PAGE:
"Sometimes Zack can come off as his opinion is the only one that counts," said Gold. "It's another thing to tell me (he knows) what (my) opinion is too. Don't put words in my mouth. I don't like when someone tries to tell me what I'm thinking."

Gold said the second televised altercation, when he went head-to-head with Flex before storming off the set in Toronto, happened for a much different reason that it appeared when edited for television.

"I felt he was trying to use physical intimidation by standing up and telling me 'what are you going to do? What are you going to do?'" explained Gold. "He was getting really, really loud and standing up and taking off his mic like he was trying to intimidate me.

"It had nothing to do with the contestant or the conversation we were having... I don't need to have someone get in my face like that. I was pissed off he would even go that route."

But from Flex's perspective, he wasn't even riled up, let alone willing to use physical force against his colleague.

"I have a philosophy for life that doesn't involve getting irritated," said Flex. "It's a waste of time and energy. I think it shortens your lifespan, honestly."

Flex said he was merely using the moment to stand up for his opinion and "reacting to Jake's reaction."

"It's mildly irritating when he gets frustrated," Flex said. "You could say I have a little bit of fun with him, but clearly not to any point of real discontent. We're boys, you know, that's the way we hang.

"I was just asking 'what are you doing to do?' That's not a threat, it's a question. A threat would be 'I'm going to kick your butt' or something of that nature. I was so calm in that circumstance it wasn't even funny."

But, despite how calm or how agitated any of her colleagues purport to be, Jordan says she's happy to stay out of the fray as much as she can.

"I find (their behavior) appalling a lot of the time," she said. "Being unkind for no reason, it's not me. I don't see any point in it and I don't enjoy it and it makes me feel bad. If I don't have something constructive and encouraging to say, I try not to say anything.

"Their battery never runs out. They're long winded and they never shut up."

Link to comment
Share on other sites

This show's hilarious - I saw part of season 2 with that cutie Kalan Porter, but missed seasons 1 and 3. It's so funny how they've set up the exact same show as American Idol but with Zack, Sass, and Farley instead of Simon, Paula and Randy - not too sure what role the 4th judge Jake is supposed to play, but I like him more than Zack. The argument between him and Farley last week was so strange, but Zack throwing a garbage can at a contestant's head was just so over the top - boo!

Can't really hear when somebody's really good or not, but this was my favorite contestant yesterday - maybe it's just because she's Quebequois, but I thought she sounded a bit like Celine Dion! But she only got two yesses, so maybe not (?)


Anyway, also liked the native american girl from Winnipeg and the lobster fisherman from out East.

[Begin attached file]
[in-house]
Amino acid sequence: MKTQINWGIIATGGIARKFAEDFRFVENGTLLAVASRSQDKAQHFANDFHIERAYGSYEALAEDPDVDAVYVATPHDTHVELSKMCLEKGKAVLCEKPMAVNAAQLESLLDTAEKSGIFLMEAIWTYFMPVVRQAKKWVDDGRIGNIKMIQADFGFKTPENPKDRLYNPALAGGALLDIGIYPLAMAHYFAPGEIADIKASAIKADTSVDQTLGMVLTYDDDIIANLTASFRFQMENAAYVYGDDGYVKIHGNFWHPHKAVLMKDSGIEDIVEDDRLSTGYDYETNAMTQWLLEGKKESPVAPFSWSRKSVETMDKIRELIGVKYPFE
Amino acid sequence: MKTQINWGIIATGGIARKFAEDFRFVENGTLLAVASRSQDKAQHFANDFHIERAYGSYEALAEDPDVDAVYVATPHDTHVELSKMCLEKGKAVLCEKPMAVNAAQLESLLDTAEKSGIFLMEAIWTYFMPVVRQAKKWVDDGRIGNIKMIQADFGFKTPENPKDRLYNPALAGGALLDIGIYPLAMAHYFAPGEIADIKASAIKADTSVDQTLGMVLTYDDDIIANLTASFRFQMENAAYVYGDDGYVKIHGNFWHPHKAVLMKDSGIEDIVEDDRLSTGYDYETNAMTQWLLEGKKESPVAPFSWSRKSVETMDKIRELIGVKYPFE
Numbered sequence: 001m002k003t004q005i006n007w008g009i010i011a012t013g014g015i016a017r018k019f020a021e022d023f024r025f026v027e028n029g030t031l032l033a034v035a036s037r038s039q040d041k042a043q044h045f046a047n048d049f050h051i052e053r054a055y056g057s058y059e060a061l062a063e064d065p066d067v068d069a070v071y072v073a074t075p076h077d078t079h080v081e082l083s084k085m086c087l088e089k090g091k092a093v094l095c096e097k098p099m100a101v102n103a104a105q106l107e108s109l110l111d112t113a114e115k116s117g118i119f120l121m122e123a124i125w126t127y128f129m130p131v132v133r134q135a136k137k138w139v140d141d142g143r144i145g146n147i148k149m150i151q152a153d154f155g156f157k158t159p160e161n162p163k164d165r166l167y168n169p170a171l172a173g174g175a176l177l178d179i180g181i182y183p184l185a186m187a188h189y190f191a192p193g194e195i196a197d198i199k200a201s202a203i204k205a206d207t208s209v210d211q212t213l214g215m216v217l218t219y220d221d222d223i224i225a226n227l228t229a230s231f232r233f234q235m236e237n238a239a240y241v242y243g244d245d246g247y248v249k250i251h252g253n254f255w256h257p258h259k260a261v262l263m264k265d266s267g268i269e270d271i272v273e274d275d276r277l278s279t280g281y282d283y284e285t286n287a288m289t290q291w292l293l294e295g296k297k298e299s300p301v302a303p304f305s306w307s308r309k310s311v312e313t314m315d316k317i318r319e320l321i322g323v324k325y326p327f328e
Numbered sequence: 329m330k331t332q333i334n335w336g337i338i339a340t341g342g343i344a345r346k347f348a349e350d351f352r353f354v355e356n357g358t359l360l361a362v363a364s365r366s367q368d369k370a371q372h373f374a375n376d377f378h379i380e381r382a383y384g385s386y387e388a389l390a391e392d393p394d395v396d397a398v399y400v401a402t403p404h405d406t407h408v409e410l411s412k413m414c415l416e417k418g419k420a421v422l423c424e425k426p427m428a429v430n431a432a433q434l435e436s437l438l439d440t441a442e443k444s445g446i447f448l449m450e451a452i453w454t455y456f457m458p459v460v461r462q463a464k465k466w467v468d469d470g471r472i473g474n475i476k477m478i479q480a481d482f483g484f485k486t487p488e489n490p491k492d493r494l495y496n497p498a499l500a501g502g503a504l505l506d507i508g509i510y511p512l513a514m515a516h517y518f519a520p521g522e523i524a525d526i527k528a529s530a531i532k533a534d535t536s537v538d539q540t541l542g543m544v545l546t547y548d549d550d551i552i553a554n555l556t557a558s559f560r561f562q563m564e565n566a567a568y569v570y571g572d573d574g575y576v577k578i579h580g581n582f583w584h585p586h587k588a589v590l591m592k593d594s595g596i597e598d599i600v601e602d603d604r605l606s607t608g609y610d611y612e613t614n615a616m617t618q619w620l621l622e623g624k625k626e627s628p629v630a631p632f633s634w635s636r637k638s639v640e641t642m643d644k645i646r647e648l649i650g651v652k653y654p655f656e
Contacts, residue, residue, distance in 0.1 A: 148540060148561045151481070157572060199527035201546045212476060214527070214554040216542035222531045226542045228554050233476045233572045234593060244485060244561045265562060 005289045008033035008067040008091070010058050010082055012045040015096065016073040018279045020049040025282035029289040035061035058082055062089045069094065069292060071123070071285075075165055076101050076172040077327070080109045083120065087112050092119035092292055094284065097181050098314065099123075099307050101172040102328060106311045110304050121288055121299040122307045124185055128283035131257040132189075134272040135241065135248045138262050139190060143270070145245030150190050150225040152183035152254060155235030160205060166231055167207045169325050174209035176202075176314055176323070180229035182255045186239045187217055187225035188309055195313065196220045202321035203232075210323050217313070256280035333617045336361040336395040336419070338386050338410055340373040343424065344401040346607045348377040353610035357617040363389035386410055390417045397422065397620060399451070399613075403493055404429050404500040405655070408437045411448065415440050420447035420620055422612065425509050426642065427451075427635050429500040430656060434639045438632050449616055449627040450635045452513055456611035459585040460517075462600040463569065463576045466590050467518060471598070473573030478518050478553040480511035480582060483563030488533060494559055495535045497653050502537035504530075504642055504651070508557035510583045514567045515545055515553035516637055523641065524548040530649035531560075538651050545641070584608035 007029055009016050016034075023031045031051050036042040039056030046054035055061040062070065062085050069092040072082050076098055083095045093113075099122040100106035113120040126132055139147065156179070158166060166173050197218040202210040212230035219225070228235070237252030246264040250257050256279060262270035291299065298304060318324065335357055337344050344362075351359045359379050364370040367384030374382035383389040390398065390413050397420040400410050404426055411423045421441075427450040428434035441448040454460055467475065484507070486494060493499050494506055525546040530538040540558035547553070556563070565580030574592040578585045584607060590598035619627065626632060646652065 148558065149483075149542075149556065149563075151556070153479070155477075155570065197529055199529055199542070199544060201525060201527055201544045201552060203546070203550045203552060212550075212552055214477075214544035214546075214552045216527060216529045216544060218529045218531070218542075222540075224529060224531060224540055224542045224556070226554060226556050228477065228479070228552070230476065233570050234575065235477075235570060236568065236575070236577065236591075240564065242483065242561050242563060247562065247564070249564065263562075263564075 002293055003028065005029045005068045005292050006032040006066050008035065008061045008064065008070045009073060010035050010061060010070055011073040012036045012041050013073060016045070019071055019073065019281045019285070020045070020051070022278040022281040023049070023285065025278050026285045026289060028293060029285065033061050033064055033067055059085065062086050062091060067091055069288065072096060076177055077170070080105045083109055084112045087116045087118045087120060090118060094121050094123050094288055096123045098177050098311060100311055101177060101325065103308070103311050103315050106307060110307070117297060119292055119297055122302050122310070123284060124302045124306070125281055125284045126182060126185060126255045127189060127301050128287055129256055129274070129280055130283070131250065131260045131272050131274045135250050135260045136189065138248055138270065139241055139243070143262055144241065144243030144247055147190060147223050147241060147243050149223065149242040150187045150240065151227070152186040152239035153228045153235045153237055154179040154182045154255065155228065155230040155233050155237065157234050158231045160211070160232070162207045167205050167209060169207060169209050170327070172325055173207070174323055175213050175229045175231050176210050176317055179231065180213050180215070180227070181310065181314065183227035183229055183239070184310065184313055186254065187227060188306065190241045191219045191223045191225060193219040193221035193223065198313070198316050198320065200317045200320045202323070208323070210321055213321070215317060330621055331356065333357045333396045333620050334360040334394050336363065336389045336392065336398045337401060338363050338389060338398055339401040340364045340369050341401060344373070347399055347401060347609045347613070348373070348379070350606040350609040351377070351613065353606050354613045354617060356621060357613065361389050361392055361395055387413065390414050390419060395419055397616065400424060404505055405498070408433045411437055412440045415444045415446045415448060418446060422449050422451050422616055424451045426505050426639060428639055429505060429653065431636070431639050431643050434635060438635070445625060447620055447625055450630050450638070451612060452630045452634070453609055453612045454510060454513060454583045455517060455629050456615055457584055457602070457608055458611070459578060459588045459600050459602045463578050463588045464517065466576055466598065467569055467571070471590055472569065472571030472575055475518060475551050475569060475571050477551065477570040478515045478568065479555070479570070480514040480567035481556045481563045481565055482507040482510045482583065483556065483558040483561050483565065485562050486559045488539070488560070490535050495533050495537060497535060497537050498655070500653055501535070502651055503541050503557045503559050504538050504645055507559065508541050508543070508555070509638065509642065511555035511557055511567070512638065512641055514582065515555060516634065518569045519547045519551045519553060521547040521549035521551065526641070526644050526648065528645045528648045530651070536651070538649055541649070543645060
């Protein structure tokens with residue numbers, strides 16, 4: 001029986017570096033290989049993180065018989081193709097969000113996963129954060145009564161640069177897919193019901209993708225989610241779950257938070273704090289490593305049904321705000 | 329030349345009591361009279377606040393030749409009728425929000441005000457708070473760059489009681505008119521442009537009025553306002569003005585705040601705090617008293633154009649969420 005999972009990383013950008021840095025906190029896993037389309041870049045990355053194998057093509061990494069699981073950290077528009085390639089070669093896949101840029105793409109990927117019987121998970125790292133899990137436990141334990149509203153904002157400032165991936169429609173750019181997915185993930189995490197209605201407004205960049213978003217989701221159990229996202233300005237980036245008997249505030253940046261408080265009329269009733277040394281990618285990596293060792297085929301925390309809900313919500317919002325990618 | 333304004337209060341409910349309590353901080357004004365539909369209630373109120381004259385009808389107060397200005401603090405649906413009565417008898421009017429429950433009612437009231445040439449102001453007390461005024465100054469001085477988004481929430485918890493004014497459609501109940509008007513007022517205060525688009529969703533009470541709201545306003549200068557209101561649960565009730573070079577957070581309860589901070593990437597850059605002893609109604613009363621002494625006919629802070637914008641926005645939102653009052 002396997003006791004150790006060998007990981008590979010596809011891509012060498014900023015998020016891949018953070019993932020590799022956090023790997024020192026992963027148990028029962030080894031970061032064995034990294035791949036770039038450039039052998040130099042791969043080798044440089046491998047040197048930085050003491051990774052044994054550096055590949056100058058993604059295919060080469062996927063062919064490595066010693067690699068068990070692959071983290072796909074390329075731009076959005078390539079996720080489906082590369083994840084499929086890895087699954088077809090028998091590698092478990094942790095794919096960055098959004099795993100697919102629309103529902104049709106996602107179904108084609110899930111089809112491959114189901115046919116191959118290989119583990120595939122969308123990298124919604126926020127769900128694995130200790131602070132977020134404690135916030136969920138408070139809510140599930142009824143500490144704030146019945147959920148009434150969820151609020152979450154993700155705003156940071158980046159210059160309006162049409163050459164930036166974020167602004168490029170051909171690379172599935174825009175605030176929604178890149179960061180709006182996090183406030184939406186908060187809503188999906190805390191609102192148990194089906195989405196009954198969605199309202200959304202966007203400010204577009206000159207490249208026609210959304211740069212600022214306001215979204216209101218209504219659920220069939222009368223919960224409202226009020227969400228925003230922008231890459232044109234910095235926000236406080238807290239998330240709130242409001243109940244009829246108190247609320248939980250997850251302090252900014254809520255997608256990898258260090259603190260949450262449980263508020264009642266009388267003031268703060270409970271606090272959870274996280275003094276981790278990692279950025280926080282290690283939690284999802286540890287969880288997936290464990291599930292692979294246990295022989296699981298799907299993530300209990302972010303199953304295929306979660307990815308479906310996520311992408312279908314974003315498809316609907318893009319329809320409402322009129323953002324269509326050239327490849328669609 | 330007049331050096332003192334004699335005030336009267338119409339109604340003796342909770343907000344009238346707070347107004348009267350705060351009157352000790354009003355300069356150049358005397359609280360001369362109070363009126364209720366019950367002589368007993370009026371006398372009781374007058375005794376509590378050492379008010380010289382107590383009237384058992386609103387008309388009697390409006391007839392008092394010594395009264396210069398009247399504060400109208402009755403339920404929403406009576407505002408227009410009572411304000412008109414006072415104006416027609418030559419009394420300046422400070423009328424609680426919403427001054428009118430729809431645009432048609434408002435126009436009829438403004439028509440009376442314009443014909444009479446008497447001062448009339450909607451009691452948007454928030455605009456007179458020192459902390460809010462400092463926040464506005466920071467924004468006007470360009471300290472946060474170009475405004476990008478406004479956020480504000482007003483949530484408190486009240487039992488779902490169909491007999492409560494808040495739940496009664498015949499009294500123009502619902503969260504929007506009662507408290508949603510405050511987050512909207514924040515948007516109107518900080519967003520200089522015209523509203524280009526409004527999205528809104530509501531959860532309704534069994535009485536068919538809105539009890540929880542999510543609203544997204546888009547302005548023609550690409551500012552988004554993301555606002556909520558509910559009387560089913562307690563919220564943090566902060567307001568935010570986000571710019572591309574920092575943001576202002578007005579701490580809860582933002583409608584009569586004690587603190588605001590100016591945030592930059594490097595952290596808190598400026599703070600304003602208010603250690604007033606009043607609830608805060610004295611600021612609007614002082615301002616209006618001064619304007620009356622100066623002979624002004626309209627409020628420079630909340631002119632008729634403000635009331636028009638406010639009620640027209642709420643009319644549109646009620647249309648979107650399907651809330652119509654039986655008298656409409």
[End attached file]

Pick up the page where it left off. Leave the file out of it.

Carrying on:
Link to comment
Share on other sites


Roller skates and sass from Sass on Monday's show

Eye on Idol


The third Canadian Idol episode showcasing the cross-county audition tour saw a smaller-than-usual parade of bad singers than the first two shows but still found plenty of ways to entertain.

Viewers got a rare taste of Sass Jordan's surly side, the judges got a rare strip show from a feisty competitor on roller skates and fans of Winnipeg pop group McMaster and James were treated to an audition from one of the one-hit wonder's members looking to get back into the game.


The chatty and energetic Chris LaBelle started off the show, bursting onto the Ottawa audition stage like a ball of bald energy. Not that he wanted anyone to notice -- the 24-year-old LaBelle only revealed his hairstyle, which consisted of a super-blond ring around the sides and back and nothing at all on top, when prompted by the panel.


Chris had a bit of a mishap at a hair salon before his audition.

"It's not going to change your decision is it?" asked the Ottawa resident before sheepishly removing his black toque. "I wanted to bleach it for Canadian Idol. The beauty salon bleached it for an hour and a half and ruined my hair. I look like I'm 80."

Fortunately for the hip-shaking soul singer, his I.D. proved he was young enough to be eligibile for the Top 200 and he was sent on his way to Toronto.

The next disaster, at least in Farley Flex's opinion, came out of the mouth of 25-year-old Katie Beetham. After emitting a throaty rumble in the middle of her version of "Don't Let the Sun Go Down on Me," Beetham had to face off against Flex and his repeated imitations of her low register.

"Come on, what are you doing?" Flex demanded of a surprised Beetham. "You've got so much talent... or 80 per cent of you does. And then you've got 20 per cent of the most unappealing sound I've heard in my life. What was that? Do that again! Do it again!"

Unappealing grumble or not, though, Beetham's 80 per cent was good enough to make her one of the 29 Ottawa competitors in the Top 200, even after showing it off a second time for Flex's amusement.


Plenty of talented singers showed up to the show's Winnipeg auditions, but one of them stood out as much for his previous success as for his talent. Rob James, a former member of pop duo McMasters and James, had a hit on the pop charts in 2000 with "Love Wins Every Time."


Rob James, a former member of pop duo McMasters and James.

With the group, James opened for stars such as Christina Aguilera, Prozzak and N'Sync. Six years later, he found his career floundering and figured that trying his shot at becoming the Canadian Idol was a great way to get back in the business.